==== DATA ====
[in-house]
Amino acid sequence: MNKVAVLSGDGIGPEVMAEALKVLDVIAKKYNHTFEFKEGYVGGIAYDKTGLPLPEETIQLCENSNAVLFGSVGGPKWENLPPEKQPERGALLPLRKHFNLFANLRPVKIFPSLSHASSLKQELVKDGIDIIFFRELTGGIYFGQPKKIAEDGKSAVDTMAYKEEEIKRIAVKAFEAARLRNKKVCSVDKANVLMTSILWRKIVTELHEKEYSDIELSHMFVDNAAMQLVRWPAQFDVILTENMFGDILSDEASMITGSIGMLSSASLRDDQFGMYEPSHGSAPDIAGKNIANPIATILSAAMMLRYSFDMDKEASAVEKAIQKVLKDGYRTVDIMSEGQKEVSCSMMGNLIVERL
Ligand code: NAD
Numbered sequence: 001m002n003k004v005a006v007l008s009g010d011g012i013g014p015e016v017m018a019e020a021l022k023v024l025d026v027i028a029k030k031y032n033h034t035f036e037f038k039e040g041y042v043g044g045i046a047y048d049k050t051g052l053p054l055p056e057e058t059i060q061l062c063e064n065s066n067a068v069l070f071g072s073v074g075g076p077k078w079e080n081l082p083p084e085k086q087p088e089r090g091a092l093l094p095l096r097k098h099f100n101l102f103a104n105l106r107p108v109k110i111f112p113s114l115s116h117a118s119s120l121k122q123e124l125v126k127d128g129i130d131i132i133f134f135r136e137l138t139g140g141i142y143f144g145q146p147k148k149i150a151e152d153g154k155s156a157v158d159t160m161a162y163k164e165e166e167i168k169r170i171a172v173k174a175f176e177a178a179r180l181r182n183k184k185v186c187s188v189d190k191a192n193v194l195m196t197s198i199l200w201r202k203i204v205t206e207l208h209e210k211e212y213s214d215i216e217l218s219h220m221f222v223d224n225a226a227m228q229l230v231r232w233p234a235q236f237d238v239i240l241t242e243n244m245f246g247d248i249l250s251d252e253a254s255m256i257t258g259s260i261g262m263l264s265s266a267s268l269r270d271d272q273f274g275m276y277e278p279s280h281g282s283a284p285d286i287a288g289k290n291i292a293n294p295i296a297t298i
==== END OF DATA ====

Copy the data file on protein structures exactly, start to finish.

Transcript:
[in-house]
Amino acid sequence: MNKVAVLSGDGIGPEVMAEALKVLDVIAKKYNHTFEFKEGYVGGIAYDKTGLPLPEETIQLCENSNAVLFGSVGGPKWENLPPEKQPERGALLPLRKHFNLFANLRPVKIFPSLSHASSLKQELVKDGIDIIFFRELTGGIYFGQPKKIAEDGKSAVDTMAYKEEEIKRIAVKAFEAARLRNKKVCSVDKANVLMTSILWRKIVTELHEKEYSDIELSHMFVDNAAMQLVRWPAQFDVILTENMFGDILSDEASMITGSIGMLSSASLRDDQFGMYEPSHGSAPDIAGKNIANPIATILSAAMMLRYSFDMDKEASAVEKAIQKVLKDGYRTVDIMSEGQKEVSCSMMGNLIVERL
Ligand code: NAD
Numbered sequence: 001m002n003k004v005a006v007l008s009g010d011g012i013g014p015e016v017m018a019e020a021l022k023v024l025d026v027i028a029k030k031y032n033h034t035f036e037f038k039e040g041y042v043g044g045i046a047y048d049k050t051g052l053p054l055p056e057e058t059i060q061l062c063e064n065s066n067a068v069l070f071g072s073v074g075g076p077k078w079e080n081l082p083p084e085k086q087p088e089r090g091a092l093l094p095l096r097k098h099f100n101l102f103a104n105l106r107p108v109k110i111f112p113s114l115s116h117a118s119s120l121k122q123e124l125v126k127d128g129i130d131i132i133f134f135r136e137l138t139g140g141i142y143f144g145q146p147k148k149i150a151e152d153g154k155s156a157v158d159t160m161a162y163k164e165e166e167i168k169r170i171a172v173k174a175f176e177a178a179r180l181r182n183k184k185v186c187s188v189d190k191a192n193v194l195m196t197s198i199l200w201r202k203i204v205t206e207l208h209e210k211e212y213s214d215i216e217l218s219h220m221f222v223d224n225a226a227m228q229l230v231r232w233p234a235q236f237d238v239i240l241t242e243n244m245f246g247d248i249l250s251d252e253a254s255m256i257t258g259s260i261g262m263l264s265s266a267s268l269r270d271d272q273f274g275m276y277e278p279s280h281g282s283a284p285d286i287a288g289k290n291i292a293n294p295i296a297t298i